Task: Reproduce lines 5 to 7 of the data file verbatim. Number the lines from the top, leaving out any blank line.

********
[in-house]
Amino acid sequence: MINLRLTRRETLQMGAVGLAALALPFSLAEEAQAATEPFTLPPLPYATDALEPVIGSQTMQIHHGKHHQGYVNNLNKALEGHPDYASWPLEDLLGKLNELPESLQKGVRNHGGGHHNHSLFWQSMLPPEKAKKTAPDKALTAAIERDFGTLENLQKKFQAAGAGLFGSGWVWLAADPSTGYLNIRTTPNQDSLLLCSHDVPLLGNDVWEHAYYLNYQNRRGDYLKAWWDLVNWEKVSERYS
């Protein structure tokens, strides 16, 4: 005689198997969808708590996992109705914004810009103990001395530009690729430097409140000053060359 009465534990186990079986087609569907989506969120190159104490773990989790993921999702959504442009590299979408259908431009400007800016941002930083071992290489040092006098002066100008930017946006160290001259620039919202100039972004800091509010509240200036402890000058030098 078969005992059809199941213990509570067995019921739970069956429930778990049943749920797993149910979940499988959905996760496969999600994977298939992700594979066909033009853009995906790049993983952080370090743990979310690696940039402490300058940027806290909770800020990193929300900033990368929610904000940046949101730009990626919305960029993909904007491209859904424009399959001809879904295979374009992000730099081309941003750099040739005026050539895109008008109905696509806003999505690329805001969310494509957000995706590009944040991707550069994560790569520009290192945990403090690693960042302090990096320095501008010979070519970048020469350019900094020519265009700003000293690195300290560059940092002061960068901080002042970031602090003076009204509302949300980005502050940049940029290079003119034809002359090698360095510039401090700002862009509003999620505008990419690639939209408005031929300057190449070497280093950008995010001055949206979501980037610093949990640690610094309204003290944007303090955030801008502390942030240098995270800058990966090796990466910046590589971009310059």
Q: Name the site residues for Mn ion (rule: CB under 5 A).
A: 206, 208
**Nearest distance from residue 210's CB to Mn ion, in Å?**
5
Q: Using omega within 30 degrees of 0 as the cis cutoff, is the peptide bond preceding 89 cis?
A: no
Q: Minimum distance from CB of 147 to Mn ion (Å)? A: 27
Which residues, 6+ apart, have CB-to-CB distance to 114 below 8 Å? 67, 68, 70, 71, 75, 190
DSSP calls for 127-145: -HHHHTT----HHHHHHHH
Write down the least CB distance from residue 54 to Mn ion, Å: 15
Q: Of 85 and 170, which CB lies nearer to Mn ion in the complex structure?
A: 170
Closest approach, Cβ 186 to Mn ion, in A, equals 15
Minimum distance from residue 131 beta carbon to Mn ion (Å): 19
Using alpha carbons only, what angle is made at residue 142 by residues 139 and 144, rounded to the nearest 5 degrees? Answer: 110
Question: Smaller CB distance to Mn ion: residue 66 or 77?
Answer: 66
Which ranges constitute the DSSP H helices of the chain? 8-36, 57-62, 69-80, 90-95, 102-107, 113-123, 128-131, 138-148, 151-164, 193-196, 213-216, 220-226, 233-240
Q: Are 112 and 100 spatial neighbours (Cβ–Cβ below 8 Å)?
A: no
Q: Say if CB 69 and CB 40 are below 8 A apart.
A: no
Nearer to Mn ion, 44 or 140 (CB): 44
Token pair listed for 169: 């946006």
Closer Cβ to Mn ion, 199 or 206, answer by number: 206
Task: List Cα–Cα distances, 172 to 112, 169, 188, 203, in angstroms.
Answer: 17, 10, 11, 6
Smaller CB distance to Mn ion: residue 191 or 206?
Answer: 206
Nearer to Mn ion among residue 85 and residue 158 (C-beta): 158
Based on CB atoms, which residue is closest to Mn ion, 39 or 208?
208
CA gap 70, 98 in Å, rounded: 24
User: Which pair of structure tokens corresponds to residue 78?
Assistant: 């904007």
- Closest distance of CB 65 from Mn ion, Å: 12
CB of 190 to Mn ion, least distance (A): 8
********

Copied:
A: 206, 208
**Nearest distance from residue 210's CB to Mn ion, in Å?**
5